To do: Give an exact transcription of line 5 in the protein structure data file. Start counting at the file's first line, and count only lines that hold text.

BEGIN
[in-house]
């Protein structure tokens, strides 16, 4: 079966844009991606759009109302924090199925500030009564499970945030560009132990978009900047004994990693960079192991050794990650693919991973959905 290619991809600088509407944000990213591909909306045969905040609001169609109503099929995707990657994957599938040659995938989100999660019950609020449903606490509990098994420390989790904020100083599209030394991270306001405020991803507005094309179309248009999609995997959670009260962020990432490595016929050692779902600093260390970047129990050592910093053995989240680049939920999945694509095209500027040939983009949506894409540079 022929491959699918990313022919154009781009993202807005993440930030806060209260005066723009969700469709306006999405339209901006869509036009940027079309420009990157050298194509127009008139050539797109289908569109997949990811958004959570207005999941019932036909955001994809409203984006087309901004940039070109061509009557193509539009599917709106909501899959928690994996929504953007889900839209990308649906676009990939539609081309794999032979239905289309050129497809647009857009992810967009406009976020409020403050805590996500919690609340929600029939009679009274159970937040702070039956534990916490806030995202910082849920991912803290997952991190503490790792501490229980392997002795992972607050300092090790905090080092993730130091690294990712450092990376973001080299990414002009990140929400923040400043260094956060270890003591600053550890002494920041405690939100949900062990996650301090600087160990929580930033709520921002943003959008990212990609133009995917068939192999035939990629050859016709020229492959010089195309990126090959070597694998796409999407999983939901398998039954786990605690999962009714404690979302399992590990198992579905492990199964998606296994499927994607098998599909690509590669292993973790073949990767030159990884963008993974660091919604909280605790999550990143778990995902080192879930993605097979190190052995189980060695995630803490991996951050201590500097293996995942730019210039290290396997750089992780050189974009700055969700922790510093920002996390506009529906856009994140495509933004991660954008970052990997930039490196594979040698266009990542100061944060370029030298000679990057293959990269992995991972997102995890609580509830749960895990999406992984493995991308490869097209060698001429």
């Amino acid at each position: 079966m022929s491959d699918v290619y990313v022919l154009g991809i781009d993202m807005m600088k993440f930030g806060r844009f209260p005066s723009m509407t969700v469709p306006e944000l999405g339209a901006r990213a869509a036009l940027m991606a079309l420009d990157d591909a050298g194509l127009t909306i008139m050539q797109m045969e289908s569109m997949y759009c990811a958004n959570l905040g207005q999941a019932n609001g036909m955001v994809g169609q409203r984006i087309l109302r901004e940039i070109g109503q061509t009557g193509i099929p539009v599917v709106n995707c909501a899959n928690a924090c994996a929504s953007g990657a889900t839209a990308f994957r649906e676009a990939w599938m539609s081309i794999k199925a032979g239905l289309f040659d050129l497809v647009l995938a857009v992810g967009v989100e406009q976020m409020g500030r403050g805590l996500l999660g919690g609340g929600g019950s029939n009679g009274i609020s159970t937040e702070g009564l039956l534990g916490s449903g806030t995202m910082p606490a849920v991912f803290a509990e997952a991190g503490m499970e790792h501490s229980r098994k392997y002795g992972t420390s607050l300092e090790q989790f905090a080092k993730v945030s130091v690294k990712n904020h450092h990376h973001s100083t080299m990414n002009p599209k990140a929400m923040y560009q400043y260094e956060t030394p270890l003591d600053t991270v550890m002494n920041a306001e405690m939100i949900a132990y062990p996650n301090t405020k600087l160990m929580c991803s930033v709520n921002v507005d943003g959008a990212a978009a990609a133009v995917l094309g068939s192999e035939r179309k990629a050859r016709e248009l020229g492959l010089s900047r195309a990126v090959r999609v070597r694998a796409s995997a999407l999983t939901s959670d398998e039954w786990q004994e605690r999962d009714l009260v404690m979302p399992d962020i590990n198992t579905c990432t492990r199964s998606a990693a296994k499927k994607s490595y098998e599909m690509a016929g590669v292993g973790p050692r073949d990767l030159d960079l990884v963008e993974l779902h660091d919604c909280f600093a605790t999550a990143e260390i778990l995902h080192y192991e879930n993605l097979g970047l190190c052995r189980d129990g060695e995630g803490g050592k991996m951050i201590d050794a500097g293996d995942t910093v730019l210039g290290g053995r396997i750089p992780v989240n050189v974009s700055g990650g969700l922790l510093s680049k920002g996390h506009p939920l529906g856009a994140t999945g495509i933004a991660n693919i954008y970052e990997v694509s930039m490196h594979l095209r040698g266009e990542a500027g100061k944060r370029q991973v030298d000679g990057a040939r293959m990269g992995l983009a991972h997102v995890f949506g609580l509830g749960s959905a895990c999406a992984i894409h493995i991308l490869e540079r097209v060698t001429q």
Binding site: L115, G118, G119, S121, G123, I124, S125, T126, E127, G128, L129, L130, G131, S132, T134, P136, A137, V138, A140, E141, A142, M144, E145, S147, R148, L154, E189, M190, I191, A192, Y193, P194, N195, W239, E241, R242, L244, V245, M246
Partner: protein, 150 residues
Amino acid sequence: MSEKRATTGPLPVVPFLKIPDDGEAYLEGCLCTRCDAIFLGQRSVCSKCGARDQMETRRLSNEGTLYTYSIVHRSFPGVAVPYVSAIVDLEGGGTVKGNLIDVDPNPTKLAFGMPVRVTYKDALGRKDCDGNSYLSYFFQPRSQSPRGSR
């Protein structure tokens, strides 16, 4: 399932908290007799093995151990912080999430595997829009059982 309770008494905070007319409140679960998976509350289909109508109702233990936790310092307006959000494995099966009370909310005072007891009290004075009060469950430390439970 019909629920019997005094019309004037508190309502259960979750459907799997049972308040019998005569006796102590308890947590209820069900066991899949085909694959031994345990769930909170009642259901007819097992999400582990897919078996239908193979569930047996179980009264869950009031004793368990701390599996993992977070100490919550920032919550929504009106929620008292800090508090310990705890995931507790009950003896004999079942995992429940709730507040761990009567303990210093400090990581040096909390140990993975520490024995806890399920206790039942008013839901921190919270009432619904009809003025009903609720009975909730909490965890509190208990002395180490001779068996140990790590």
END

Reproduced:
Partner: protein, 150 residues